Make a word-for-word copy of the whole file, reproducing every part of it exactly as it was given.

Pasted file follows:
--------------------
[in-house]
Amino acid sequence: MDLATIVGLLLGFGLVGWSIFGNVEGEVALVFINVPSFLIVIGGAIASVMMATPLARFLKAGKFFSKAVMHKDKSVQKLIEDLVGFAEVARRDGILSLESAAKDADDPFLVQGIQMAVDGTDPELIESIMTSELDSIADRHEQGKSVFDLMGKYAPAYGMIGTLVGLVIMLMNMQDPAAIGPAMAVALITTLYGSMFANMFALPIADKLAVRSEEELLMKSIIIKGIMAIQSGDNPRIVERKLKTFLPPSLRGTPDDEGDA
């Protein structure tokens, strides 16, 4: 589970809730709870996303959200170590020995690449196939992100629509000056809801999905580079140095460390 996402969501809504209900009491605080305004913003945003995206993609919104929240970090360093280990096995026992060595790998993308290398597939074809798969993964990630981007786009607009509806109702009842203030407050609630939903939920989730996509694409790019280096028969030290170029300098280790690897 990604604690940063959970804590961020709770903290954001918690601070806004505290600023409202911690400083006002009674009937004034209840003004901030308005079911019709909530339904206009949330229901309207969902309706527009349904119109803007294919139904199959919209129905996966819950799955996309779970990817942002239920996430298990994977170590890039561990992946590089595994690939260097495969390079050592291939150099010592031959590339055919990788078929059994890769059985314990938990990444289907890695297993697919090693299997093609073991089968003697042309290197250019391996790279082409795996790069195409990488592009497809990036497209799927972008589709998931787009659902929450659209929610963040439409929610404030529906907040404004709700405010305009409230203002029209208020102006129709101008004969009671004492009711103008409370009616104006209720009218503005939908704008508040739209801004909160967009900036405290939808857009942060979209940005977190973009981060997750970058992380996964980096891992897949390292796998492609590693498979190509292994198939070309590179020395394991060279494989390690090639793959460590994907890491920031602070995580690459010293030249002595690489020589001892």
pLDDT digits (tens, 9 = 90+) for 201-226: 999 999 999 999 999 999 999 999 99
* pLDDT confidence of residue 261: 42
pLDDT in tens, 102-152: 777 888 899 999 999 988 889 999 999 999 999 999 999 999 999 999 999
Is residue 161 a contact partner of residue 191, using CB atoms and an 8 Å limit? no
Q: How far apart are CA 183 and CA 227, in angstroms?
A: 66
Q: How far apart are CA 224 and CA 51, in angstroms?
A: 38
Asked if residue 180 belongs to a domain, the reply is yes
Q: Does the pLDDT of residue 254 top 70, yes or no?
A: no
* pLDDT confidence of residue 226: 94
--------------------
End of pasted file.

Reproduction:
[in-house]
Amino acid sequence: MDLATIVGLLLGFGLVGWSIFGNVEGEVALVFINVPSFLIVIGGAIASVMMATPLARFLKAGKFFSKAVMHKDKSVQKLIEDLVGFAEVARRDGILSLESAAKDADDPFLVQGIQMAVDGTDPELIESIMTSELDSIADRHEQGKSVFDLMGKYAPAYGMIGTLVGLVIMLMNMQDPAAIGPAMAVALITTLYGSMFANMFALPIADKLAVRSEEELLMKSIIIKGIMAIQSGDNPRIVERKLKTFLPPSLRGTPDDEGDA
């Protein structure tokens, strides 16, 4: 589970809730709870996303959200170590020995690449196939992100629509000056809801999905580079140095460390 996402969501809504209900009491605080305004913003945003995206993609919104929240970090360093280990096995026992060595790998993308290398597939074809798969993964990630981007786009607009509806109702009842203030407050609630939903939920989730996509694409790019280096028969030290170029300098280790690897 990604604690940063959970804590961020709770903290954001918690601070806004505290600023409202911690400083006002009674009937004034209840003004901030308005079911019709909530339904206009949330229901309207969902309706527009349904119109803007294919139904199959919209129905996966819950799955996309779970990817942002239920996430298990994977170590890039561990992946590089595994690939260097495969390079050592291939150099010592031959590339055919990788078929059994890769059985314990938990990444289907890695297993697919090693299997093609073991089968003697042309290197250019391996790279082409795996790069195409990488592009497809990036497209799927972008589709998931787009659902929450659209929610963040439409929610404030529906907040404004709700405010305009409230203002029209208020102006129709101008004969009671004492009711103008409370009616104006209720009218503005939908704008508040739209801004909160967009900036405290939808857009942060979209940005977190973009981060997750970058992380996964980096891992897949390292796998492609590693498979190509292994198939070309590179020395394991060279494989390690090639793959460590994907890491920031602070995580690459010293030249002595690489020589001892």
pLDDT digits (tens, 9 = 90+) for 201-226: 999 999 999 999 999 999 999 999 99
* pLDDT confidence of residue 261: 42
pLDDT in tens, 102-152: 777 888 899 999 999 988 889 999 999 999 999 999 999 999 999 999 999
Is residue 161 a contact partner of residue 191, using CB atoms and an 8 Å limit? no
Q: How far apart are CA 183 and CA 227, in angstroms?
A: 66
Q: How far apart are CA 224 and CA 51, in angstroms?
A: 38
Asked if residue 180 belongs to a domain, the reply is yes
Q: Does the pLDDT of residue 254 top 70, yes or no?
A: no
* pLDDT confidence of residue 226: 94